United now have Anthony Martial, Marcus Rashford and 17-year-old Mason Greenwood to play up front, not that the team necessarily plays with conventional strikers any more. There are several players who can play behind and in one of the several positions Sánchez was capable of. It would be superb if young players such as Greenwood or Daniel James can become key attackers. That’s the gamble Solskjaer is making with players he wants his capable staff want to coach and develop. If it works he’ll be hailed as a genius, but while there will be bumps, United still need to get results. And not results like Saturday’s awful one at home to Crystal Palace.

© DANIEL DAL ZENNARO/EPA-EFE/Shutterstock

I was one of the few who maintained a sliver of hope for Sánchez. I watched him so much at Barça and he was an important member of the team – though his job was effectively to get the ball to Messi. He scored, he assisted, he was full of energy.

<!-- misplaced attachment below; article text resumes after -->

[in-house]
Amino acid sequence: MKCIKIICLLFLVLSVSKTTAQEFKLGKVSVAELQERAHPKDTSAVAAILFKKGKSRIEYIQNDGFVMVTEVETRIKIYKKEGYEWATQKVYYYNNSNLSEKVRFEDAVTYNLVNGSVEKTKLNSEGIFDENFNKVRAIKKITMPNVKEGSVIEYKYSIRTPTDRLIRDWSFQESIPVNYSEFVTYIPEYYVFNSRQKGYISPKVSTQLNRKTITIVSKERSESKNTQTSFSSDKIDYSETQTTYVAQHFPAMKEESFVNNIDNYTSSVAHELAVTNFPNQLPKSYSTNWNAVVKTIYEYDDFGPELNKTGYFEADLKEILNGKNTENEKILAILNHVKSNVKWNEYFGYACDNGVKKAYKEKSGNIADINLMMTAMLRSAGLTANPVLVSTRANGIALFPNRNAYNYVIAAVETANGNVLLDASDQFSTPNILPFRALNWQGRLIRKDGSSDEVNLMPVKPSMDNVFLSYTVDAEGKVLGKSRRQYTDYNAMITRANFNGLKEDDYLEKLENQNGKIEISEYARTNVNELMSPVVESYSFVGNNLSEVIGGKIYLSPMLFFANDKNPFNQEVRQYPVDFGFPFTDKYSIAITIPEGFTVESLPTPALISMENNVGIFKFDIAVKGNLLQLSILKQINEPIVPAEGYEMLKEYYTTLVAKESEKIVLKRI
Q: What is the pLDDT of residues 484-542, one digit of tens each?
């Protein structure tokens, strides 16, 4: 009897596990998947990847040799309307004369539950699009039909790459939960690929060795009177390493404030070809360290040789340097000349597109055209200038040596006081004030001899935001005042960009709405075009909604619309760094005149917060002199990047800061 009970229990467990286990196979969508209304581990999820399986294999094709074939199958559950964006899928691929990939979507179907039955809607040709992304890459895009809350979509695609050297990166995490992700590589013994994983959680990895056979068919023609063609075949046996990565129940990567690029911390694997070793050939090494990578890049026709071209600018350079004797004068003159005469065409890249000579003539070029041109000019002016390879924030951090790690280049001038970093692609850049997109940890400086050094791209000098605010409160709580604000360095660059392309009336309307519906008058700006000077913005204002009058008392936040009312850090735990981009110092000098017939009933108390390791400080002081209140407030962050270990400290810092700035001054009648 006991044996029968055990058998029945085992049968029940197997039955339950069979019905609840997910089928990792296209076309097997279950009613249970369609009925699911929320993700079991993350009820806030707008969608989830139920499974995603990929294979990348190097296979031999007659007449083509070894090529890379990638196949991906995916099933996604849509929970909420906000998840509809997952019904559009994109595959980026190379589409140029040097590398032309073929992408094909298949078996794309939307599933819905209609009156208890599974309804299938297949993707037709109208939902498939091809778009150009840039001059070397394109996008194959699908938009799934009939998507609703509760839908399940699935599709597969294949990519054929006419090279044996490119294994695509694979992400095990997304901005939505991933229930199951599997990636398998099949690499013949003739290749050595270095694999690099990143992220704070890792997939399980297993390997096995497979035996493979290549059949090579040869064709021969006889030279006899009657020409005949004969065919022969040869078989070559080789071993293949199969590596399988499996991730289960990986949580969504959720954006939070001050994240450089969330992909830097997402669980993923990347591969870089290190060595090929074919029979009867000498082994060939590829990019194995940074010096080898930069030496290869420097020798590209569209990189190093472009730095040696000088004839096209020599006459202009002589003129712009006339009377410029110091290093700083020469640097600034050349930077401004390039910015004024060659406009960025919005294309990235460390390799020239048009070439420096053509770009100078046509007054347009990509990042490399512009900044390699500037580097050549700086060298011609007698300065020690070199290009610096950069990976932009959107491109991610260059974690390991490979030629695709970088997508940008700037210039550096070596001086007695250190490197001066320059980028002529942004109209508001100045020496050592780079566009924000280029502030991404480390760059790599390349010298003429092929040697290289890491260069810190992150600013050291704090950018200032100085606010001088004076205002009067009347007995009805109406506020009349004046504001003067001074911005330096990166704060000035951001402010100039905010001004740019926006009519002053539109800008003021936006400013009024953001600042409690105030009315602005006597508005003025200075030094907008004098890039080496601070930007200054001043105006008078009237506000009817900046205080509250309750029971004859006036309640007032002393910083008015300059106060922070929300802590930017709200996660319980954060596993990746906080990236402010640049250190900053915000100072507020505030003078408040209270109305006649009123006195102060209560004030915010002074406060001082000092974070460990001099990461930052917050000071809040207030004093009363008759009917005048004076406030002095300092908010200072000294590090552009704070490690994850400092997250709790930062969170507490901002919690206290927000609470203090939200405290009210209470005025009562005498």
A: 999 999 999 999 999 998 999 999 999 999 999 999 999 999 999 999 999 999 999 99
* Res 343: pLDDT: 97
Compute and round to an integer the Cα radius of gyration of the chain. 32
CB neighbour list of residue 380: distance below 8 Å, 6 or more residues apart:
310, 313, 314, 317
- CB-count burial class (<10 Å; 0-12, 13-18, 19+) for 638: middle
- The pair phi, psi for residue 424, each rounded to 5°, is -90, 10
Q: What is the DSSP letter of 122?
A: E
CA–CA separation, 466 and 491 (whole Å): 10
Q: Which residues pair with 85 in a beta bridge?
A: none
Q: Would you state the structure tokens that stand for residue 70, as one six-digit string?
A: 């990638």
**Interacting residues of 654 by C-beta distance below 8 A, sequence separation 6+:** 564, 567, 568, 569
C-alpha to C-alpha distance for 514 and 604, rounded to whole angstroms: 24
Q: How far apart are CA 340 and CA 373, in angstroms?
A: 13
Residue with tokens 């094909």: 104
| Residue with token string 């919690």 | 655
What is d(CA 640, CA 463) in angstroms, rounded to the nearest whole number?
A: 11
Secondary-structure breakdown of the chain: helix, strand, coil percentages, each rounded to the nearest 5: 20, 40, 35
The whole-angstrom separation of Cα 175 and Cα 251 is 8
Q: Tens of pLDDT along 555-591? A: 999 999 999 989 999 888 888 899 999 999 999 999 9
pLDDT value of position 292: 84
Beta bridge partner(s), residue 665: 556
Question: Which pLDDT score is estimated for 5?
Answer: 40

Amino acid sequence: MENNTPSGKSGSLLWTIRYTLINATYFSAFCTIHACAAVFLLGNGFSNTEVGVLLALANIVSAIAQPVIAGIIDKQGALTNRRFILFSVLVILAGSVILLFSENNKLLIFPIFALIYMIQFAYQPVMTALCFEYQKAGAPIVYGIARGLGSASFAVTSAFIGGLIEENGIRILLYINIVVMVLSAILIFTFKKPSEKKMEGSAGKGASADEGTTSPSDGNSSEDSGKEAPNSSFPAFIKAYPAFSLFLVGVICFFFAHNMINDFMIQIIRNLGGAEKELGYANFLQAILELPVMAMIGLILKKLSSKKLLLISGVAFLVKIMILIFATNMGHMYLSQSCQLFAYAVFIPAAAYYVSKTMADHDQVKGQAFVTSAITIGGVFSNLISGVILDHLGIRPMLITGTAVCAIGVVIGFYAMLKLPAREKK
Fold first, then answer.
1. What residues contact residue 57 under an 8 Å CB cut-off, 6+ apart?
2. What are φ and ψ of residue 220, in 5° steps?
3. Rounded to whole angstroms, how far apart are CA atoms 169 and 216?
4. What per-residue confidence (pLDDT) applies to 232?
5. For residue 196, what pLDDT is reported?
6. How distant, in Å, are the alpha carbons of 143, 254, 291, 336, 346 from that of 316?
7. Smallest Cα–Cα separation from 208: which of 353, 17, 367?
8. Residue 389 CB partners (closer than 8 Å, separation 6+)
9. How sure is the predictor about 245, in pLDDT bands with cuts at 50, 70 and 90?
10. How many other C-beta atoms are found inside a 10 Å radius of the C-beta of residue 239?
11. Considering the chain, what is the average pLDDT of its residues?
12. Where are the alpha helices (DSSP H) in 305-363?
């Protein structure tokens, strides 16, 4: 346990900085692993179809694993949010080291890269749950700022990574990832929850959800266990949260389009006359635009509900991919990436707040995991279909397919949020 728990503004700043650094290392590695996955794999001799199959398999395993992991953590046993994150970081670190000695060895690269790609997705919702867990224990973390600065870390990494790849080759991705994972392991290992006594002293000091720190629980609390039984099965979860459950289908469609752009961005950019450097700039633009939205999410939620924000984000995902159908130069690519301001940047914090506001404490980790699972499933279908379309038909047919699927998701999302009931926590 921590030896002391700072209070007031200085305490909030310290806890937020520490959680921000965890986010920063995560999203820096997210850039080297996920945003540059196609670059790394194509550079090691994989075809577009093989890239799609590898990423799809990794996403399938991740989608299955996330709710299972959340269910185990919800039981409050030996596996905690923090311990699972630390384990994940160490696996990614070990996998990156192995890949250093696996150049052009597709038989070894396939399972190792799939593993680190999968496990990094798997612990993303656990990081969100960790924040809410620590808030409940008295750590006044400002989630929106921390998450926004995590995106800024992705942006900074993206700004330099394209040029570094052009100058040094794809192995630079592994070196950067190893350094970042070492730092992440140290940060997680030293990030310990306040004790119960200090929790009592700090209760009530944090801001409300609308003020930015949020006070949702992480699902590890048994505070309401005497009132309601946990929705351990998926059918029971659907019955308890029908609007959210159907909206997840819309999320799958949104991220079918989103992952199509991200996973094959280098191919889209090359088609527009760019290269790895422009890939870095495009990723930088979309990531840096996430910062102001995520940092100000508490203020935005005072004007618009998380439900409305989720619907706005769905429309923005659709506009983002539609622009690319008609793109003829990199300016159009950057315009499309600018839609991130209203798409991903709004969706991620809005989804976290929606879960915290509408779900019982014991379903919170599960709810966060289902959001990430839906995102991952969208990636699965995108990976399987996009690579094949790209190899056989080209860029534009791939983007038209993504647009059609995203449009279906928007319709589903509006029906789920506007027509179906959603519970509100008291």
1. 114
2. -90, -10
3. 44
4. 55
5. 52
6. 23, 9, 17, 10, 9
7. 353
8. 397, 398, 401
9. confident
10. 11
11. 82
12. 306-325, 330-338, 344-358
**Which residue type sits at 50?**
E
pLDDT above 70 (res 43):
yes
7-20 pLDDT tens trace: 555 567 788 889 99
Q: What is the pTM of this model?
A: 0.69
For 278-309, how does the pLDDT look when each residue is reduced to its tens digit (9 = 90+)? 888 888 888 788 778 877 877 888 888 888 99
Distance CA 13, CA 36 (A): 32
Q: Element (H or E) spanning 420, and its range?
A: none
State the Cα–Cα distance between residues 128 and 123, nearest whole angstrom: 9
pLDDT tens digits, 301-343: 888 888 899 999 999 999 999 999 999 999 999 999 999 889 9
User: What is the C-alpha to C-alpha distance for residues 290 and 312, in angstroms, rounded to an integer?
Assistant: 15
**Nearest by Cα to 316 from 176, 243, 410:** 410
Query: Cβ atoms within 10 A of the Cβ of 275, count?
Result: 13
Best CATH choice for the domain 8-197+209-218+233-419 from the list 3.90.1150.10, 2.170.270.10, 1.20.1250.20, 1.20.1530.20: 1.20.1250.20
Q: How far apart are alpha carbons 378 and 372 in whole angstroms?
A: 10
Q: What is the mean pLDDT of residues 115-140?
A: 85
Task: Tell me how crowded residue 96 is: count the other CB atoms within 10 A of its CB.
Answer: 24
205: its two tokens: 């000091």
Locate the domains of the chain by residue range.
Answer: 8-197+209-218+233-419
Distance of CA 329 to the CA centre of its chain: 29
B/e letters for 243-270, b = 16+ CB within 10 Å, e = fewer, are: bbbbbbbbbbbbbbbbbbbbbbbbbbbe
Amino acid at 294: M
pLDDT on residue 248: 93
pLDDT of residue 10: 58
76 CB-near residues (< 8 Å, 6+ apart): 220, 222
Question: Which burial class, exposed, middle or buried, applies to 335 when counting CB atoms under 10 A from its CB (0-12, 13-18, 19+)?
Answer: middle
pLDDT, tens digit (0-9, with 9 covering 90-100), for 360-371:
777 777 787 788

Sánchez might argue that he was playing in a poor United side, but he had chances to perform and didn’t, even if sometimes he looked like he was trying too hard. He complained about being unhappy when the ball was taken away from him, but he wasn’t worth his place in the starting XI. Managers were fair with him.

Even now with him set to play for Inter alongside Lukaku, I think he’s not finished. He’s only 30; maybe he can put his United fiasco behind him. United will pay around half his wages at Inter during his ten-month loan period. Inter wanted an option to buy him at the end, but United didn’t give one for a player who will still have two years on his contract.

It’s not ideal, but that is the way with the modern loan of a contracted player – and if he was doing well then he would have been worth his wages and not loaned out. Sánchez has been a spectacular flop, one of many in the post-Ferguson era when United’s transfer policy has been more miss than hit.

Huge amounts have been squandered on poor recruitment by a club still to appoint a sporting director. With Sánchez, the only way United can rescue anything is for him to do so well in Italy that his value climbs off the floor and he has a re-sale value again. Maybe that will happen, but it doesn’t alter the fact that he’s been another expensive mistake.